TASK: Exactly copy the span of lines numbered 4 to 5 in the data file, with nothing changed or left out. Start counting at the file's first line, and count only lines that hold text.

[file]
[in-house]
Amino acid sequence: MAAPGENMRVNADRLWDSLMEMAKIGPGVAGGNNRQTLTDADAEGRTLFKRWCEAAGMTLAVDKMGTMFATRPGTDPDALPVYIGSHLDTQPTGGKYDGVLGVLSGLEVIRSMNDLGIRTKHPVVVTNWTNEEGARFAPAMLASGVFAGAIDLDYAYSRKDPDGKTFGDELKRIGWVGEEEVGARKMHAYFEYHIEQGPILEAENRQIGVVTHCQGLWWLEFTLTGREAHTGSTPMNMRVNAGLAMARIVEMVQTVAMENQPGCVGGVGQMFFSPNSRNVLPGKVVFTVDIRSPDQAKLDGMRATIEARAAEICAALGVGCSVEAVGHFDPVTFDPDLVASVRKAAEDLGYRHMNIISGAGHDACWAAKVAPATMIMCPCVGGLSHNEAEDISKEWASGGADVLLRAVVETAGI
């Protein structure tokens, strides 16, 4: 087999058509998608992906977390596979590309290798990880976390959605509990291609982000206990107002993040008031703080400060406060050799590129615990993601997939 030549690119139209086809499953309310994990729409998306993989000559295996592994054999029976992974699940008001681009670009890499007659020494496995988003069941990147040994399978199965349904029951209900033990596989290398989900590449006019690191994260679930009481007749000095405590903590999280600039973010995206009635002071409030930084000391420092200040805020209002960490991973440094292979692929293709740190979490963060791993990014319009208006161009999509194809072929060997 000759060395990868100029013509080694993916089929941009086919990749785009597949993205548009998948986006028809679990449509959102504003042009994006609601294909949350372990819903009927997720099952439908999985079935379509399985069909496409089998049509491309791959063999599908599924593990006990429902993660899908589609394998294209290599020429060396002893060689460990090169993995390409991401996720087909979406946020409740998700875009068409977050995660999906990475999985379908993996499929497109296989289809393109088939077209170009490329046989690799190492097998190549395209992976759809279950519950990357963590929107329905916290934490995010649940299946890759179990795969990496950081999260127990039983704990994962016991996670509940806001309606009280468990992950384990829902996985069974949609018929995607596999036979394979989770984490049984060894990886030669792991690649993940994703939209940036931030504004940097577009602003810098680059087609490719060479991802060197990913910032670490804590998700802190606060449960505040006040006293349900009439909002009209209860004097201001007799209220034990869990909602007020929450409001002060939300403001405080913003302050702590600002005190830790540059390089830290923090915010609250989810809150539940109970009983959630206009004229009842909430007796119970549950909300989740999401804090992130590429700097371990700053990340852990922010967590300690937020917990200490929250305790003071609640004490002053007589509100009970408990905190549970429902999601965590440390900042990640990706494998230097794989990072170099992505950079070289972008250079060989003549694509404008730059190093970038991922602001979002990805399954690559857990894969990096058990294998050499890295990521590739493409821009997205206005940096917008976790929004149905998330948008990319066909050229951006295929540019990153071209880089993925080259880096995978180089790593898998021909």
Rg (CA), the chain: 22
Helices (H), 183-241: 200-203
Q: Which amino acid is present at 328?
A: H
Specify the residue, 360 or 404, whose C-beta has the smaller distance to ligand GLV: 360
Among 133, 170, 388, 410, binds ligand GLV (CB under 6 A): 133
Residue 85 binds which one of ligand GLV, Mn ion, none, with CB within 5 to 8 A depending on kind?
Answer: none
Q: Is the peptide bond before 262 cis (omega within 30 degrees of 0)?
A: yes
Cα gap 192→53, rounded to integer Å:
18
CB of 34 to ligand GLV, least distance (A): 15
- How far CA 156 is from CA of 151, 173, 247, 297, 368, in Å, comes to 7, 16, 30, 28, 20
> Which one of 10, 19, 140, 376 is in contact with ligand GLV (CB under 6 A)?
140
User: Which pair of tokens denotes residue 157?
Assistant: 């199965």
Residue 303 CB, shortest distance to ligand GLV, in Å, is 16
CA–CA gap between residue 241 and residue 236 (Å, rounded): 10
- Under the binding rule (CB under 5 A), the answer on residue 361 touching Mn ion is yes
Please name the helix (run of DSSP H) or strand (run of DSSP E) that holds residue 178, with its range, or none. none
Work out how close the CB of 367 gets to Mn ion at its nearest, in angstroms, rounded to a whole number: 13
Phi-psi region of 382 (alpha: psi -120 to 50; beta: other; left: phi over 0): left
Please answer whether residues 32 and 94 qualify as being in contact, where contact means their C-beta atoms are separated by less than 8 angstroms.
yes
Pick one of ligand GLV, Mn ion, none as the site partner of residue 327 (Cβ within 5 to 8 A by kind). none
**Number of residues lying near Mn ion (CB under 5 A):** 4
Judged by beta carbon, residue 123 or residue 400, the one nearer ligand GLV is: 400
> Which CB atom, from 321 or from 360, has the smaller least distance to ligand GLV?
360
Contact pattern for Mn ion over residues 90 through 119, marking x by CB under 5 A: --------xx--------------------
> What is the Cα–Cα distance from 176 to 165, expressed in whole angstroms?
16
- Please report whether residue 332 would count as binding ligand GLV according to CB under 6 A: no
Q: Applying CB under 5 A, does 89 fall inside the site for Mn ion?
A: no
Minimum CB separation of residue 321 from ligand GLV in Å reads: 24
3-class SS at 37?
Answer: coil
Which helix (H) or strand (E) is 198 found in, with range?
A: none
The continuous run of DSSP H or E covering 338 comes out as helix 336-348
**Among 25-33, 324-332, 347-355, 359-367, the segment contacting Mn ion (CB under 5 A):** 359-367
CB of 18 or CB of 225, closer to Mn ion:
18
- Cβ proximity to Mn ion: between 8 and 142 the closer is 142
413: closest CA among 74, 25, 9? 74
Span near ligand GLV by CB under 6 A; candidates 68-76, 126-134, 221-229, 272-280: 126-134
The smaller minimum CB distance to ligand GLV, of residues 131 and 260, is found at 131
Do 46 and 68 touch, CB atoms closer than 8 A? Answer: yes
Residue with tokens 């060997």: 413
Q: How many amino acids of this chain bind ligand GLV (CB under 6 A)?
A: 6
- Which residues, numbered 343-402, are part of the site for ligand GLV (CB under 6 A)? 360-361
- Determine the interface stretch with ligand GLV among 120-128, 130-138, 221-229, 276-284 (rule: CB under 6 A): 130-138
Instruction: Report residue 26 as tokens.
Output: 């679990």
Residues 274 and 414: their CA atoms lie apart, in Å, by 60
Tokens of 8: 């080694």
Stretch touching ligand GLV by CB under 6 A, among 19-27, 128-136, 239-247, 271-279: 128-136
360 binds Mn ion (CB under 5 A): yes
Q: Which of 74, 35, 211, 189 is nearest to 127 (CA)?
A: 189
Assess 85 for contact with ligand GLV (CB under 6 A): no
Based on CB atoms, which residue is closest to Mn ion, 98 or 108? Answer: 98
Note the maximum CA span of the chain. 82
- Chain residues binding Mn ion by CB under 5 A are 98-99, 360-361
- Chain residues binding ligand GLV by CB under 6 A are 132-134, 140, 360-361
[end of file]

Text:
Rg (CA), the chain: 22
Helices (H), 183-241: 200-203